Justice System Juvi Death Penalty in Roper Term Paper

Pages: 2 (858 words)  ·  Bibliography Sources: 2  ·  File: .docx  ·  Topic: Criminal Justice

Justice System Juvi Death Penalty

In Roper v. Simmons the Supreme Court of the U.S. struck down the juvenile death penalty, making it unconstitutional for any American body including state and federal justice systems to utilize the death penalty in any penalty phase of a trial that's defendant was younger than 18 at the time of the commitment of the crime that warrants the death penalty. The court in the majority opinion, written by Justice Kennedy stated that the decision was heavily weighted by international legal opinion.

The opinion of the world community, while not controlling our outcome, does provide respected and significant confirmation for our own conclusions." -- Justice Kennedy, writing for the majority in Roper v. Simmons (1)"[T]his Nation's evolving understanding of human dignity certainly is neither wholly isolated from, nor inherently at odds with, the values prevailing in other countries. On the contrary, we should not be surprised to find congruence between domestic and international values, especially where the international community has reached clear agreement -- expressed in international law or in the domestic laws of individual countries -- that a particular form of punishment is inconsistent with fundamental human rights..." -- Justice O'Connor, discussing the relevance of foreign sources of law in her dissenting opinion in Roper v. Simmons (2)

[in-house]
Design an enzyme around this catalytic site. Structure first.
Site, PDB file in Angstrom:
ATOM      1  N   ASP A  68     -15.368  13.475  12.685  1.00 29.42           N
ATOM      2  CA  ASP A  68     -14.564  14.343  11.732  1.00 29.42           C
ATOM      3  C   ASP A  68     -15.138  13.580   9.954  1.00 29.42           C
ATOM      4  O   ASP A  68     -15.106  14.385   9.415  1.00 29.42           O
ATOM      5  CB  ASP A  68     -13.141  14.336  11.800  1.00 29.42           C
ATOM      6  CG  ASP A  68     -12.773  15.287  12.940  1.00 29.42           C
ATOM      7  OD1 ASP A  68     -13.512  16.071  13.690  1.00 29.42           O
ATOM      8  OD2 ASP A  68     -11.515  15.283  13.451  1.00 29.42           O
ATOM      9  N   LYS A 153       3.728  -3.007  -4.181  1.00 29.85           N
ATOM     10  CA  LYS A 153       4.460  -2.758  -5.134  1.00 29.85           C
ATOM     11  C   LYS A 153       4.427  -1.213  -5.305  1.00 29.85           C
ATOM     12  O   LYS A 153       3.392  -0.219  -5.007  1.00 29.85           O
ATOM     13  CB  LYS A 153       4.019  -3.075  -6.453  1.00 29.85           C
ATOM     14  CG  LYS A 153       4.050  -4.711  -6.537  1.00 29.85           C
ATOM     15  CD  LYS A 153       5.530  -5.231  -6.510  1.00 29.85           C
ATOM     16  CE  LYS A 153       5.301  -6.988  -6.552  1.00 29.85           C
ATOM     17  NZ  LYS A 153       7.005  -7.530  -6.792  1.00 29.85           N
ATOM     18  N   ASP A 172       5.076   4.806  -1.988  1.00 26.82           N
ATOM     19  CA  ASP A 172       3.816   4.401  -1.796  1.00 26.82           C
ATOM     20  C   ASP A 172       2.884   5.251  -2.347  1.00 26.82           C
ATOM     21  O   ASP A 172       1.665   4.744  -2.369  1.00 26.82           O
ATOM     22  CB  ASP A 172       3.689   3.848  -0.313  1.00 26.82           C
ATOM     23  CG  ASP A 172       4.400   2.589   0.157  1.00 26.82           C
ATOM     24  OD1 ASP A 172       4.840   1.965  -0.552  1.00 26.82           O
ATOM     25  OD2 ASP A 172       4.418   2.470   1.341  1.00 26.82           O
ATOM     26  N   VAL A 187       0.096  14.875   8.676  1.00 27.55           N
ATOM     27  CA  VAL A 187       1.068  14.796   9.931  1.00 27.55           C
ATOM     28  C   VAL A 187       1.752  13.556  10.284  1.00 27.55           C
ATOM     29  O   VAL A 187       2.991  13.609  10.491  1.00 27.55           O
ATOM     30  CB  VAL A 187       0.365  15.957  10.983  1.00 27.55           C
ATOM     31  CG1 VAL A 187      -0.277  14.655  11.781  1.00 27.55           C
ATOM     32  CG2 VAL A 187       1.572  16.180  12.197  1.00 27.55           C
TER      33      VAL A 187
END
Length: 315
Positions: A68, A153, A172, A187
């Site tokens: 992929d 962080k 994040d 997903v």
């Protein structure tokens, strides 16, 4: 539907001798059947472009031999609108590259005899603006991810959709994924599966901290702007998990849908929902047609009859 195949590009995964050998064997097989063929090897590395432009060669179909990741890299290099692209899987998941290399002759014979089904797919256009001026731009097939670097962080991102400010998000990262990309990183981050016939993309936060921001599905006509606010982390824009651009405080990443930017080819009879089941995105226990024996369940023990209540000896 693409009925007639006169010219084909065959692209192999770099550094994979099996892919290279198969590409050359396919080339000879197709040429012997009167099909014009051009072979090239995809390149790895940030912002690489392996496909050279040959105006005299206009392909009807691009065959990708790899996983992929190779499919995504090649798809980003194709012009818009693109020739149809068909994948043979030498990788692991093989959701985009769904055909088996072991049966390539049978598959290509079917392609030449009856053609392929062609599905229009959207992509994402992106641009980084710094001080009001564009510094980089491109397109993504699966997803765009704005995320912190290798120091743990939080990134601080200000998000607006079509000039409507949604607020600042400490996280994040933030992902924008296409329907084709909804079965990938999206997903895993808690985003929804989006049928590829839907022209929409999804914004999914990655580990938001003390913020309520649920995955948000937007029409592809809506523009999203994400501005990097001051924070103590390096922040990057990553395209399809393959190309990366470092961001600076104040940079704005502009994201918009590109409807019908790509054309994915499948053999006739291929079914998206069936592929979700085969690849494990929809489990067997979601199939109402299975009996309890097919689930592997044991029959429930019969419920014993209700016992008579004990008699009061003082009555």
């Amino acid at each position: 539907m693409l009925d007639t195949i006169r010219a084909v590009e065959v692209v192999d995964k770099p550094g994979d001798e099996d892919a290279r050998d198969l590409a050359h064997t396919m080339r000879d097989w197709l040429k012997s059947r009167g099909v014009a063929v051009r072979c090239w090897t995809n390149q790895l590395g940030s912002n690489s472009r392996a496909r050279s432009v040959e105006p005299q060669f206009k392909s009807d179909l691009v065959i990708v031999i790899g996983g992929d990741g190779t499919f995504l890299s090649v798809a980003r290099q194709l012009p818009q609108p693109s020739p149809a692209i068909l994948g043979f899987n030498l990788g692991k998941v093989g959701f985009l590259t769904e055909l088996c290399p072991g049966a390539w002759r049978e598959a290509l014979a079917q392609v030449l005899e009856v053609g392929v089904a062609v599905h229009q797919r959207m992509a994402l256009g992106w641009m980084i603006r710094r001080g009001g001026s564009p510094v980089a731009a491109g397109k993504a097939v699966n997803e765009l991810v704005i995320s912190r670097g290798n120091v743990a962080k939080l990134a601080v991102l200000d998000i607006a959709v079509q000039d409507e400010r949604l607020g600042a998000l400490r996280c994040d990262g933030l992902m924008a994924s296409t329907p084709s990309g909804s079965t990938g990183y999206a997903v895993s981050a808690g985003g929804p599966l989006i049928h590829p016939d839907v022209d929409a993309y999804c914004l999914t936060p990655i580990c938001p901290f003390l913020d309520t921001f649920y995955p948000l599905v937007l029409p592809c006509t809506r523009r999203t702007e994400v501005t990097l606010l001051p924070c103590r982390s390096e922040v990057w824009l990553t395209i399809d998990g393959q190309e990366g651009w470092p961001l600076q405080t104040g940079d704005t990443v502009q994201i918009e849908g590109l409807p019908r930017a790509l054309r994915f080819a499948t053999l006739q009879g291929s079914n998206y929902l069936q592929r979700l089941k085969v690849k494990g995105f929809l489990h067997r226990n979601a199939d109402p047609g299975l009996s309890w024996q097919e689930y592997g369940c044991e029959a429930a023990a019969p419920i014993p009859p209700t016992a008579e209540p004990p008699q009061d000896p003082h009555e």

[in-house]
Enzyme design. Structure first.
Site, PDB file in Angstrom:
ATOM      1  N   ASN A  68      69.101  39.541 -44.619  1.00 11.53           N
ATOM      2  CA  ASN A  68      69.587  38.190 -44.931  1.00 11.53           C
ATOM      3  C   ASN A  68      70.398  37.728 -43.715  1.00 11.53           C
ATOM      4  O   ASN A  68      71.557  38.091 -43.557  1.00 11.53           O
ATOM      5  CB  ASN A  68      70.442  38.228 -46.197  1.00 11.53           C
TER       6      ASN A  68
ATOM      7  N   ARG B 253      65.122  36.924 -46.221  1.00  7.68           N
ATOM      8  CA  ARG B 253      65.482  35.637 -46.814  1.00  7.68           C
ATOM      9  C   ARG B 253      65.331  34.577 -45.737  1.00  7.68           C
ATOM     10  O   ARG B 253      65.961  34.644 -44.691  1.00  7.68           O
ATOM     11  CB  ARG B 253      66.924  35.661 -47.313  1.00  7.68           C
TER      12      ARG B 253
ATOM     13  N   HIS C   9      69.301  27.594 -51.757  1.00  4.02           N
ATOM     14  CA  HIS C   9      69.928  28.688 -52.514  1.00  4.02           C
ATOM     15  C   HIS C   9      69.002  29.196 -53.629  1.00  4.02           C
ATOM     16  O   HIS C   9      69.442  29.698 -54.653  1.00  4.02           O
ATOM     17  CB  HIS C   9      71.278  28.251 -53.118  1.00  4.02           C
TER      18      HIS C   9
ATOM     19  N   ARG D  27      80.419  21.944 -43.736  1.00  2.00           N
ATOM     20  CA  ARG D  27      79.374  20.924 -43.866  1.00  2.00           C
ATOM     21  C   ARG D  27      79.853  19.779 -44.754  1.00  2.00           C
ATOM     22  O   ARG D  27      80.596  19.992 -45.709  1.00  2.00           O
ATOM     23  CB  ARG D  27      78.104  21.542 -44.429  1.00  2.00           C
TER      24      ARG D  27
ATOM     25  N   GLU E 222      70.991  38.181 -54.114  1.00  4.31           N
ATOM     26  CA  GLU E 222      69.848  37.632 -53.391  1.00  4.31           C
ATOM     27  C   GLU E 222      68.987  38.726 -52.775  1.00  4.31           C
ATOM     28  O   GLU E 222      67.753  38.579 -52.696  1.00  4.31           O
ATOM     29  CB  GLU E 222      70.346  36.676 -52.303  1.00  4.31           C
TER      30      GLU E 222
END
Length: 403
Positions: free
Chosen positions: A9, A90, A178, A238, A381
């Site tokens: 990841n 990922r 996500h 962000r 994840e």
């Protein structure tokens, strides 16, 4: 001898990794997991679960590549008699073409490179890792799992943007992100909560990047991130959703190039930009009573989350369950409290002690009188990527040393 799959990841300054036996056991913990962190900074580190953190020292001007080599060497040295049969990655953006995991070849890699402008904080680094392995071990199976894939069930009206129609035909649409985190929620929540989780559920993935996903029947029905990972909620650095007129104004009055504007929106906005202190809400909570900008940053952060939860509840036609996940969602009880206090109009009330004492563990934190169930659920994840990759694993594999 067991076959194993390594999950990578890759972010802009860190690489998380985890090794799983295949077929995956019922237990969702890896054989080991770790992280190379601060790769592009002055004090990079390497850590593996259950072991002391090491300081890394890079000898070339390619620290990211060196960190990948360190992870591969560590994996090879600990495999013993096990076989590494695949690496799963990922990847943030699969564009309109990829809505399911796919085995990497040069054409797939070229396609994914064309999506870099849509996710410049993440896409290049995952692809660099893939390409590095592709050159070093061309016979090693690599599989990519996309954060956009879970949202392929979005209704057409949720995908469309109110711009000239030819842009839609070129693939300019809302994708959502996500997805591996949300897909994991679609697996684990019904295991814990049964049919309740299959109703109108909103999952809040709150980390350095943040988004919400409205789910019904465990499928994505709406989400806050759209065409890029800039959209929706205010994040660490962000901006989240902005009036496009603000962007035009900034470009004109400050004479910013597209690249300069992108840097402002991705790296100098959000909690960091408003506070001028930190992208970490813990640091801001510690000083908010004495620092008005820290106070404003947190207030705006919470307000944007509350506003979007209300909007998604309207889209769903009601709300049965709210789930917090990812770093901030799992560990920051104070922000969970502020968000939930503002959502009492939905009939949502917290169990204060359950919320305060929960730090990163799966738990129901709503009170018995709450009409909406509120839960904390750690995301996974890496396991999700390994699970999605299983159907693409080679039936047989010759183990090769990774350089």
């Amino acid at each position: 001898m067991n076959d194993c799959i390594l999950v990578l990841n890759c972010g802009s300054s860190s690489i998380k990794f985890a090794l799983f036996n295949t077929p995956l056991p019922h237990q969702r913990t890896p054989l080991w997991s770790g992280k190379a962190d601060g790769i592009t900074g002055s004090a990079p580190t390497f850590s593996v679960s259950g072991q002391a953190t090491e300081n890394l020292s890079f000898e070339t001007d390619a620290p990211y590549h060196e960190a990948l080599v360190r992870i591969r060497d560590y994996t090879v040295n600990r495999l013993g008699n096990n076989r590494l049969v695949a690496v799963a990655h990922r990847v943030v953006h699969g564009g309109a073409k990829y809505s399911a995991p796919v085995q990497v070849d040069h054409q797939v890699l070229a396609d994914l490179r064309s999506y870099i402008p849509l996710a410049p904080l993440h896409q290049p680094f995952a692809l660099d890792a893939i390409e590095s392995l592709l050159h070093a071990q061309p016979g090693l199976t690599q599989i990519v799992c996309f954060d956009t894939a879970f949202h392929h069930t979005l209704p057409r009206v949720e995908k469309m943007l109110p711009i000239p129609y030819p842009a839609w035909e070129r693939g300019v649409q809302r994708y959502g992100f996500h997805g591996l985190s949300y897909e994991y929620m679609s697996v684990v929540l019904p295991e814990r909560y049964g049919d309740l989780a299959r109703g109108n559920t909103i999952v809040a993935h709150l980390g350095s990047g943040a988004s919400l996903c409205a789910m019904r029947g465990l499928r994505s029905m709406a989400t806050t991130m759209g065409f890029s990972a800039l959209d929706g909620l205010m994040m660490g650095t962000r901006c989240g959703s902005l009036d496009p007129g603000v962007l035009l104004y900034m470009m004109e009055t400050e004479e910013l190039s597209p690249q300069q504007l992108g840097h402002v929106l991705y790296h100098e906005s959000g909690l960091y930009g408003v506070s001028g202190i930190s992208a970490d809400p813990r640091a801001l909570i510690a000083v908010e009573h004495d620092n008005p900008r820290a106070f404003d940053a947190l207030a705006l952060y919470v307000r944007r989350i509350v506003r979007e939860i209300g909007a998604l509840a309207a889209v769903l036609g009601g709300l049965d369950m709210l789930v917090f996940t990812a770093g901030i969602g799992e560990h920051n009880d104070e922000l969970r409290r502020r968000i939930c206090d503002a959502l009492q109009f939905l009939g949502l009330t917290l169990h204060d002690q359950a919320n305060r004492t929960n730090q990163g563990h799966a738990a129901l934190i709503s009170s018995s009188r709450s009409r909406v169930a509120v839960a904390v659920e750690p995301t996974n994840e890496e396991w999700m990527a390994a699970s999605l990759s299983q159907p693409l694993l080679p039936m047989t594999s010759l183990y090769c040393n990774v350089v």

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TOPIC: Term Paper on Justice System Juvi Death Penalty in Roper Assignment

Though there is clear dissent in and outside the court with regard to the idea that the legal system of the U.S. should be highly swayed with regard to international laws and opinions there is a clear historical sense that such information does sway the courts on every level and some would say as society progresses there will be changing views on many issues, with regard to ethics. In fact in a report ofn the juvenile death penalty, there is a statement about the issue as one that is an American issue, as many nations have removed the practice as a result of UN resolutions pertaining to the rights of children. "The death penalty for juvenile offenders has become a uniquely American practice, in that it has been abandoned legally by nations everywhere else due to the express provisions of the United Nations Convention on the Rights of the Child and of several other international treaties and agreements." (Streib, online) Just prior to the ruling in Roper v. Simmons 2005 Streib's mainly statistical article points out the best legal arguments for the eradication of juvenile death sentences.

The most promising legal arguments in courts today are:

that the death penalty for juvenile offenders and mentally retarded offenders should be treated the… [END OF PREVIEW] . . . READ MORE

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"Justice System Juvi Death Penalty in Roper."  Essaytown.com.  March 17, 2007.  Accessed October 25, 2021.